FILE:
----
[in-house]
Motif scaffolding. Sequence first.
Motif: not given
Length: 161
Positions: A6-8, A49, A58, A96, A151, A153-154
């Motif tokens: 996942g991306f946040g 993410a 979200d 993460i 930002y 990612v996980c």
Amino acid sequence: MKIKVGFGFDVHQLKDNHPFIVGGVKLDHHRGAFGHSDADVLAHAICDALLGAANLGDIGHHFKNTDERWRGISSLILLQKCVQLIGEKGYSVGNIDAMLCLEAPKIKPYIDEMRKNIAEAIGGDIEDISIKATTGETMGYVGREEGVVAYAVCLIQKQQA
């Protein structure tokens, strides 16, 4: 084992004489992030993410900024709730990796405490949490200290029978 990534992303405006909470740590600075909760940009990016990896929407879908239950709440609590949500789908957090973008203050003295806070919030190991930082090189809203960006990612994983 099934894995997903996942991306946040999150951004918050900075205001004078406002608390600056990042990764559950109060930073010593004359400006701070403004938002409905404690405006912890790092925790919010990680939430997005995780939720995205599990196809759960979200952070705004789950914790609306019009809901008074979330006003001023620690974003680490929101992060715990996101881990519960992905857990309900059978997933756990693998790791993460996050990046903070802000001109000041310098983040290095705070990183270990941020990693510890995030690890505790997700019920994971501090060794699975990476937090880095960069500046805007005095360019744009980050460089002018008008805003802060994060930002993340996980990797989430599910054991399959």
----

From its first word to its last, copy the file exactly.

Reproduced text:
[in-house]
Motif scaffolding. Sequence first.
Motif: not given
Length: 161
Positions: A6-8, A49, A58, A96, A151, A153-154
């Motif tokens: 996942g991306f946040g 993410a 979200d 993460i 930002y 990612v996980c």
Amino acid sequence: MKIKVGFGFDVHQLKDNHPFIVGGVKLDHHRGAFGHSDADVLAHAICDALLGAANLGDIGHHFKNTDERWRGISSLILLQKCVQLIGEKGYSVGNIDAMLCLEAPKIKPYIDEMRKNIAEAIGGDIEDISIKATTGETMGYVGREEGVVAYAVCLIQKQQA
């Protein structure tokens, strides 16, 4: 084992004489992030993410900024709730990796405490949490200290029978 990534992303405006909470740590600075909760940009990016990896929407879908239950709440609590949500789908957090973008203050003295806070919030190991930082090189809203960006990612994983 099934894995997903996942991306946040999150951004918050900075205001004078406002608390600056990042990764559950109060930073010593004359400006701070403004938002409905404690405006912890790092925790919010990680939430997005995780939720995205599990196809759960979200952070705004789950914790609306019009809901008074979330006003001023620690974003680490929101992060715990996101881990519960992905857990309900059978997933756990693998790791993460996050990046903070802000001109000041310098983040290095705070990183270990941020990693510890995030690890505790997700019920994971501090060794699975990476937090880095960069500046805007005095360019744009980050460089002018008008805003802060994060930002993340996980990797989430599910054991399959």